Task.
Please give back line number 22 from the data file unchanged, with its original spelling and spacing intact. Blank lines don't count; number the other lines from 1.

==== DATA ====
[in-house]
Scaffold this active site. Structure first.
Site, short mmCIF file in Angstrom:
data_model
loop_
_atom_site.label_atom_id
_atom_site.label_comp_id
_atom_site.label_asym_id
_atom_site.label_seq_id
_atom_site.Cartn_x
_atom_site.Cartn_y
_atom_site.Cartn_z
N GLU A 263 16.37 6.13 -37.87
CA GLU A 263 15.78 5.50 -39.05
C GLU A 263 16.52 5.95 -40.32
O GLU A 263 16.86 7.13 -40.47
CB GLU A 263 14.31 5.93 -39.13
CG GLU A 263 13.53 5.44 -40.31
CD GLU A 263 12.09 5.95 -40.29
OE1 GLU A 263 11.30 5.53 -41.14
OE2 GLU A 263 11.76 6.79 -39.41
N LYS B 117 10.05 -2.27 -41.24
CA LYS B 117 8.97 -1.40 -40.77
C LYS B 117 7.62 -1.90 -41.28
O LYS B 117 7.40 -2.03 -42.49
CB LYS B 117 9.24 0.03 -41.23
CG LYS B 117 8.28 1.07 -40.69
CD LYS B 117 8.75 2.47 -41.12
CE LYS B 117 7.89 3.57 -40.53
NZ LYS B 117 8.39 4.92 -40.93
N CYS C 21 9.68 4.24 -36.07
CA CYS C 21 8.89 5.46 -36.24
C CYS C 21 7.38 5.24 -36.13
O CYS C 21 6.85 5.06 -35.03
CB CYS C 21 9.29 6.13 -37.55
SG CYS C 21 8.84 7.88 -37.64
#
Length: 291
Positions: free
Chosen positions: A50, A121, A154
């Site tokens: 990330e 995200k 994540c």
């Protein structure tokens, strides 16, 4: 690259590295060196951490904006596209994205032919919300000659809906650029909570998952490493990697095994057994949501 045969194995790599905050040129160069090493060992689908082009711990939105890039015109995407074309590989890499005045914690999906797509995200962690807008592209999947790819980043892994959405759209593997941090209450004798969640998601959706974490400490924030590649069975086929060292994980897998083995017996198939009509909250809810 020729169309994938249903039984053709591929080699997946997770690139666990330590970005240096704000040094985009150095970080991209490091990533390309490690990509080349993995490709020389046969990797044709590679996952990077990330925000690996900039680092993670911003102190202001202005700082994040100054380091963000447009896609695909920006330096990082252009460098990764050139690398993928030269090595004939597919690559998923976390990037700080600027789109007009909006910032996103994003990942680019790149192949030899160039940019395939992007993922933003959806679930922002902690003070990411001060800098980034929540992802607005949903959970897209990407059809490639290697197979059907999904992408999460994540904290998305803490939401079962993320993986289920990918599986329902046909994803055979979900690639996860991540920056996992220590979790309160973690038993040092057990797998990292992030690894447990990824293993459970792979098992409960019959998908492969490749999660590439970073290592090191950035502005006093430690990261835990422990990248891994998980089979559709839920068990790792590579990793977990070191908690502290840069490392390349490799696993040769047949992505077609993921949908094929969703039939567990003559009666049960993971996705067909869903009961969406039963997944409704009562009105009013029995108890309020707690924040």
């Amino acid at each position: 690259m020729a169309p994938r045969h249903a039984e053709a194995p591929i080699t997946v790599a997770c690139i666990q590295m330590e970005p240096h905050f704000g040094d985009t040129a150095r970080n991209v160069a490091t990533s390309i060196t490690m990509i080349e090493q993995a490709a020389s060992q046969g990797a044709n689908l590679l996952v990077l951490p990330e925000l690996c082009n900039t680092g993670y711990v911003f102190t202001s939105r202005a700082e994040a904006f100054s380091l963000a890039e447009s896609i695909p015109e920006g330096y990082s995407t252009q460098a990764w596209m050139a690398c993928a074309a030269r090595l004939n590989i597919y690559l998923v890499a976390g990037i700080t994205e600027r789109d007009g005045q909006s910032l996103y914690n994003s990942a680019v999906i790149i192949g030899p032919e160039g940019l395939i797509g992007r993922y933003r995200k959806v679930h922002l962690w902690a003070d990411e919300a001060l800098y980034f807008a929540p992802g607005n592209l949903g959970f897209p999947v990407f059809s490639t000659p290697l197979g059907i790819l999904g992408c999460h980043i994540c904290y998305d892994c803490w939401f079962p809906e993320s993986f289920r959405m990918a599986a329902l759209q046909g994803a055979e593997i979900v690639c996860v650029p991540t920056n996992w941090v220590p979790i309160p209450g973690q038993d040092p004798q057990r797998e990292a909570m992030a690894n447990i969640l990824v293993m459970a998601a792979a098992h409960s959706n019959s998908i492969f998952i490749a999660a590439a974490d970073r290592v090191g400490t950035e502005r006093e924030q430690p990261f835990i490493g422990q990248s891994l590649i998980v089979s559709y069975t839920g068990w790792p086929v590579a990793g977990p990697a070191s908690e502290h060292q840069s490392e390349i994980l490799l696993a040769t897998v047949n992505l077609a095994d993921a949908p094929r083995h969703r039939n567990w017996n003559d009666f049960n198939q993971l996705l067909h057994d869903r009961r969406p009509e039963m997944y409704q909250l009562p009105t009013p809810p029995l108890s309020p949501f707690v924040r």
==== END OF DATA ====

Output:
N LYS B 117 10.05 -2.27 -41.24